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I would like to use mutt continuously, allow me to explain what I mean with an example. My typical workflow is this:

  • Open up mutt
  • Compose a message
  • Press y to confirm send action
  • ... wait!
  • Compose another message
  • Press y to confirm send action
  • ... wait!

I am connected to my Gmail over IMAPS.

The problem is that often I need to reply to many messages in sequence and the pattern above is obviously unacceptable because the program does not return control to me whilst it is trying to deliver the message in the background. My time is valuable and I can't be waiting for a machine to do its job after I expressed my intent (to send) to it already, can I?


  • Can I configure mutt so that it does the message delivery in the background, immediately returning control to me to compose more messages?

My current workaround to this is running mutt within a tmux session with multiple windows, all running tmux and switching to another window to compose the next message as the previous is being delivered. This is a bad kind of "hack", I say.

My settings:


# Gmail configuration
set  folder            =  "imaps://imap.googlemail.com:993"
set  spoolfile         =  "imaps://imap.googlemail.com:993/[Gmail]/All Mail"
set  postponed         =  "imaps://imap.googlemail.com:993/[Gmail]/Drafts"
# set  record          =  "imaps://imap.googlemail.com/[Gmail]/Sent Mail"
set  record            =  "/home/tinosino/Sent_Messages.txt"
set  realname          =  "Tino Sino"
set  imap_user         =  "[email protected]"
set  imap_pass         =  ""
set  smtp_url          =  "smtps://[email protected]:465/"
set  smtp_pass         =  ""
set  from              =  "[email protected]"
set  sort              =  threads
set  editor            =  "vim"

What I have tried already:

  • I set sendmail_wait = -1 but the delay in sending a message remains
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    The recommendation you'll probably get from mutt folks is to use a separate MTA that can do queuing, and then set sendmail_wait to -1.
    – jw013
    Oct 5, 2012 at 14:46
  • How do I know which MTA is active now and could I integrate "another" MTA into my mutt workflow? (e.g. press reply in mutt, inside an IMAP folder and offload to sendmail perhaps?) Recommendations as to which MTA to use? Sample online .muttrc file with that MTA configured? Oct 5, 2012 at 14:57
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    It's also possible you are using the built-in SMTP, which is in newer versions of mutt. :set ?smtp_url to check, I think. I never figured out how to configure exim or sendmail for multiple account sending so I just use mstmp with the packaged msmtpQ script, although it's a bit lacking in functionality (in particular since it's not a daemon you have to check for and retry failed messages yourself).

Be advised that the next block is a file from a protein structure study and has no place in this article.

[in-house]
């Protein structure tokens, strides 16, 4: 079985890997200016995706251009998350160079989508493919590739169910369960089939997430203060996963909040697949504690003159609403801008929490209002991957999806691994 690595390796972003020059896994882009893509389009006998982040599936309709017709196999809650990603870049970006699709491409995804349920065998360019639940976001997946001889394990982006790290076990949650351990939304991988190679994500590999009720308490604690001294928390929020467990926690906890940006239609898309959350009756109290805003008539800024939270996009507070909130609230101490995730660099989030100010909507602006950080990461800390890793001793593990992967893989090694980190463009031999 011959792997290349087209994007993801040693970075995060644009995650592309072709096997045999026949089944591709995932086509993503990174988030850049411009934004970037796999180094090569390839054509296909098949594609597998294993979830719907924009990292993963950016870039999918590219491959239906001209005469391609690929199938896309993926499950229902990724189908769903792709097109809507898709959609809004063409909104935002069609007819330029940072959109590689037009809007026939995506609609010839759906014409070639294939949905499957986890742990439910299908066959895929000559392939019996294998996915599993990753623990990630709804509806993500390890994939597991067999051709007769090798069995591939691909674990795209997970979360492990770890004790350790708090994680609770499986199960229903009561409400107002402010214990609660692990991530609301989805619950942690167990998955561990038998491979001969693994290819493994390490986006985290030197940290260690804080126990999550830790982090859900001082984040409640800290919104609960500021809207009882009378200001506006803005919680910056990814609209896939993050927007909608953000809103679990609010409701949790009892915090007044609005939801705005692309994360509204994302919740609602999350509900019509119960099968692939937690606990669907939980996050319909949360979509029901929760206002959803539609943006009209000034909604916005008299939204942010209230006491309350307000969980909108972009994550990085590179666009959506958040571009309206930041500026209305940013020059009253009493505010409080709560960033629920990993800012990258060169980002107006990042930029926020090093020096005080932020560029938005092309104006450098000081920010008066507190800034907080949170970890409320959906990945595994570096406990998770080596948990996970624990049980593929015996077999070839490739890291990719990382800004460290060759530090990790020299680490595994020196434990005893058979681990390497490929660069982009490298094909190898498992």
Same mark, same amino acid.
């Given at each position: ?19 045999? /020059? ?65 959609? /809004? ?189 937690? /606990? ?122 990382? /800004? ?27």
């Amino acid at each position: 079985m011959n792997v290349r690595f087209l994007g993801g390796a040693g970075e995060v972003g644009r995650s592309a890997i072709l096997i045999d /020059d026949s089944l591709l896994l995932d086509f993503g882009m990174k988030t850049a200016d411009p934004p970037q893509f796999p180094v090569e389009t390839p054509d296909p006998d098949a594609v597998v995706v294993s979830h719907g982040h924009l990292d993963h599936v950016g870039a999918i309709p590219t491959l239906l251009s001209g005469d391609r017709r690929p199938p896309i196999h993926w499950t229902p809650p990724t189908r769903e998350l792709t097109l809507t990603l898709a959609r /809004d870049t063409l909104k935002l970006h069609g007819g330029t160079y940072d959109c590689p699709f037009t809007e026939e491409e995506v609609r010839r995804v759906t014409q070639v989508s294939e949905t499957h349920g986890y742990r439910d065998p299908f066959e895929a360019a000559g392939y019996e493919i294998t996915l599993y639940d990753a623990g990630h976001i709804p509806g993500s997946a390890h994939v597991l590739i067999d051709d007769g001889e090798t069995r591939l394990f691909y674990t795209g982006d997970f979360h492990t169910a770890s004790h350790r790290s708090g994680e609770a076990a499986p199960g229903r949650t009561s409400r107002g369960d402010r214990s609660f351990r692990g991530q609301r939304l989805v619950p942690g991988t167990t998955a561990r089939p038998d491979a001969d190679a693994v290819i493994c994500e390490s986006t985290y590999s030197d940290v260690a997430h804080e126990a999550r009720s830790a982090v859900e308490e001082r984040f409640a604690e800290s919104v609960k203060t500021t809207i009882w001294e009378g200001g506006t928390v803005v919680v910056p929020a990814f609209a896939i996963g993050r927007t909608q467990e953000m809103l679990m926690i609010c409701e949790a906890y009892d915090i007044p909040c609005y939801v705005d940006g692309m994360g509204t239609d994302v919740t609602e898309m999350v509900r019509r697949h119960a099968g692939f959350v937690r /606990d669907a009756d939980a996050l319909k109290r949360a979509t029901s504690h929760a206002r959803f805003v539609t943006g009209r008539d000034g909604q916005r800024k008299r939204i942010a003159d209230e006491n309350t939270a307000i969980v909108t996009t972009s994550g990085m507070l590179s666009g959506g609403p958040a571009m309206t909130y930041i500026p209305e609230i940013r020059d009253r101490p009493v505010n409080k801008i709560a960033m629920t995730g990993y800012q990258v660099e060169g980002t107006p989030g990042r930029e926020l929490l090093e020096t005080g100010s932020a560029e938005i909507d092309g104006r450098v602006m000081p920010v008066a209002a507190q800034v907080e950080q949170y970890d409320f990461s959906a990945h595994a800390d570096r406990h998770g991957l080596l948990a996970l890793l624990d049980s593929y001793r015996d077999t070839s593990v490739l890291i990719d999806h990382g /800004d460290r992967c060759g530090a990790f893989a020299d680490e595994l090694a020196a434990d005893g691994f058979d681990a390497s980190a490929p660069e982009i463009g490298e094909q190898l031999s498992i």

– jw013
    Oct 5, 2012 at 15:26
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    Yes, that setting means you are using mutt's built-in SMTP support to talk directly to gmail.
    – jw013
    Oct 5, 2012 at 15:43
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    @Robottinosino Of course sendmail_wait doesn't do anything when you are not using $sendmail. Instead, you are using mutt's very basic built-in SMTP client, and I don't think that supports background send. My comment said to "use a separate queuing MTA and then set sendmail_wait", meaning the first step is required for the second.
    – jw013
    Oct 5, 2012 at 16:08

1 Answer 1

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Generally there are three different ways of sending mail with Mutt:

  • Using SMTP directly from within Mutt. This is what you are doing by specifying smtp_url. In this case Mutt will connect to smtp.googlemail.com and deliver through SMTP.

  • Using a sendmail program which will directly deliver the mail through an SMTP connection and only return after it's done. msmtp is an example of this type of program. You can set Mutt's sendmail_wait variable to specify how long it will wait for sendmailto return before giving up and putting delivery into the background.

  • Using and MTA which can do local queueing, e.g. Postfix. The sendmail program will usually return almost immediately when Postfix has added the mail to its local queue. You can configure Postfix to use Gmail as an SMTP relay, it will then forward all (non-local) mails to Gmail in the background.

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  • A problem with the second proposal is that if msmtp fails, you get no notification if it's in the background. Do you know if that is fixable?
    – Sparhawk
    Nov 4, 2015 at 23:48

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